We noted slight medialization and caudalization of the femoral head when repositioning from supine to weightbearing position, but these were not related (p = 0.08-0.95; R2 = 0.0002-0.35) to the degree of dysplasia (Table 5). Mean differences of the x-direction translation between the supine and weightbearing positions ranged from 0.06 cm to 0.14 cm (p = 0.01-0.36), ie, medialization of the femoral head (Table 5). Mean differences of the y-direction translation between the supine and weightbearing positions ranged from 0.09 cm to 0.30 cm (p = 0.0008-0.14), ie, a caudalization of the femoral head (Table 5).
Recent authors reporting the effect of pelvic tilt on the interpretation of acetabular version have recommended neutral pelvic positioning with the patient supine during recording of AP pelvic radiographs [9, 20, 23]. However, the role of supine versus weightbearing films and their role on pelvic tilt remains controversial, and therefore we asked whether (1) a change in pelvic tilt occurred when patients with DDH were repositioned from supine to weightbearing and if the degree of dysplasia had any effect on the change; (2) radiographic parameters of dysplasia (center edge angle and acetabular index), joint space width, and acetabular version varied between supine and weightbearing radiographs; and (3) translation of the femoral head occurs during repositioning and the degree of dysplasia influenced translation.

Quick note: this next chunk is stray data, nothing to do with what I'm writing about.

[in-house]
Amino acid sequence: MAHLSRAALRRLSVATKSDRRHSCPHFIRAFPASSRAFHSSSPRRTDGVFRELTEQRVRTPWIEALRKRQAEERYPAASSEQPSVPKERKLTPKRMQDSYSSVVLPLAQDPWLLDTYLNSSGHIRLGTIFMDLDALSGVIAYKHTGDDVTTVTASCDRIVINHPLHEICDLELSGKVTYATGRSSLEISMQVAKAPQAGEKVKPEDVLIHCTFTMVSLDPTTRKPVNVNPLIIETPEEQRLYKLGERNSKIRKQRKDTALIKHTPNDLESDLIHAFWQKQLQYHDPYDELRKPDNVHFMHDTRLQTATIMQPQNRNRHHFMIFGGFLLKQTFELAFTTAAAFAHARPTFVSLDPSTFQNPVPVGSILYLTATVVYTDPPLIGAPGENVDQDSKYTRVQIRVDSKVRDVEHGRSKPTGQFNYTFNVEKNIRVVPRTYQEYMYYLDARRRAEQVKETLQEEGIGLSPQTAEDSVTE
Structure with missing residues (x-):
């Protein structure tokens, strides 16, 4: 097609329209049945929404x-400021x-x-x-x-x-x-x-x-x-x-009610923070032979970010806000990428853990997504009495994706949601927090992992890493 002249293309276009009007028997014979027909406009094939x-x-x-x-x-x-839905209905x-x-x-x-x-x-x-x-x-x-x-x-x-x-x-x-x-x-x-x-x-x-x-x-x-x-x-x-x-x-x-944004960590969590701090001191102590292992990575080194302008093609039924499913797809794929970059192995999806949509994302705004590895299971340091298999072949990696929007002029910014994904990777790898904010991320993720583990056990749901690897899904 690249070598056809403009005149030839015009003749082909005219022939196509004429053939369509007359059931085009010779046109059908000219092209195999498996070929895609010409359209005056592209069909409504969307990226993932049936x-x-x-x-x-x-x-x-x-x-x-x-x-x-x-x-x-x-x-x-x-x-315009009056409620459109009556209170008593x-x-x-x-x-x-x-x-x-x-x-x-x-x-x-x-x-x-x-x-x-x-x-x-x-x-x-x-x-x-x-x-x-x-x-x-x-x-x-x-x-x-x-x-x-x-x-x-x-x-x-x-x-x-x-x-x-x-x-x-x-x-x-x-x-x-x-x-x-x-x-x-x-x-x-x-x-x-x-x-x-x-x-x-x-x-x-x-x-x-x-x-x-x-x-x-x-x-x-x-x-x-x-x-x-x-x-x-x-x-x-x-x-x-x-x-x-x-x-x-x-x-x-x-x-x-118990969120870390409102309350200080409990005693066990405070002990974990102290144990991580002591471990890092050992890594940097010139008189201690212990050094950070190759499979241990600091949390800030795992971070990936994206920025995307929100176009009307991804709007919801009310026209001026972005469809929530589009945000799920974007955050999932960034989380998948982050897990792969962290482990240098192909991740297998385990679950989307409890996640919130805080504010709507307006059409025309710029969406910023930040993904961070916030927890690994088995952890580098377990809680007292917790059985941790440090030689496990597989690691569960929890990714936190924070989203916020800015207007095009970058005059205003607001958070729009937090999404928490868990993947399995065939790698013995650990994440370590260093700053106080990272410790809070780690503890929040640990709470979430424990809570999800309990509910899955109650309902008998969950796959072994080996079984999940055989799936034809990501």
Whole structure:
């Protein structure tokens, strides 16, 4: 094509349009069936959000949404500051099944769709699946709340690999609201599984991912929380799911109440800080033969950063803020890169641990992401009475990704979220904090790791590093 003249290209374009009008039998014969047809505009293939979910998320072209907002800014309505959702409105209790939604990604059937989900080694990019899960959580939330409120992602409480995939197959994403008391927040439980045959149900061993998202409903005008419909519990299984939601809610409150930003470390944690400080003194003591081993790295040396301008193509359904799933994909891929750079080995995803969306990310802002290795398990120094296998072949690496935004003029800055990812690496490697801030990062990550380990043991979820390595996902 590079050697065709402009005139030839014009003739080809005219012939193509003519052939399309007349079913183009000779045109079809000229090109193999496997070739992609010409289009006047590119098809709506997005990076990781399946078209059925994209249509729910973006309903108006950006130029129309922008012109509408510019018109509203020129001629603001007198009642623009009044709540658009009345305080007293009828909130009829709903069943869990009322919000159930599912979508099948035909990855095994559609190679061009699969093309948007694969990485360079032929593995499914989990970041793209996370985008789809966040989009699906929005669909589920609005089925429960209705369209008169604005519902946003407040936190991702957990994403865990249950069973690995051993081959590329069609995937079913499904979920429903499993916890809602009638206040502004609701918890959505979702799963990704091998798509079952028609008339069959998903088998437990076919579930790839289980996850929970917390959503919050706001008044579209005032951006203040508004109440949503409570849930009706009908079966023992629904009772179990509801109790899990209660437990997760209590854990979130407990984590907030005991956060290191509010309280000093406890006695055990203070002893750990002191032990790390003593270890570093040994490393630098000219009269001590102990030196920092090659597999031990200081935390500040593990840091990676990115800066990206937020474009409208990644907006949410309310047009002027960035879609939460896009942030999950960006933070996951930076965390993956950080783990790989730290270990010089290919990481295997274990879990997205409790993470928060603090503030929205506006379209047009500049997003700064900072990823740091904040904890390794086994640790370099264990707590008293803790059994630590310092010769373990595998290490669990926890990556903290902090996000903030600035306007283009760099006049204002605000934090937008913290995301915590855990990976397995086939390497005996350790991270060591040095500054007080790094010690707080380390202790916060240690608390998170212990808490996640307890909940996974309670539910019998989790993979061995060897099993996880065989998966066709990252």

The study group of 31 patients is limited in size. In particular, the small subgroup of seven males could limit the value of information on how repositioning changes the assessment of DDH deformities in males. However, when comparing the results of the male group with those of females and all patients, changes of pelvic tilt and acetabular version, though not necessarily of equal magnitude, are seen in all three groups. This suggests the limited size of the male group does not limit the ability to draw conclusions. The study is conducted on DDH patients and because of the special characteristics of DDH deformities the results may not apply to patients with normally configured hips or those with other abnormalities.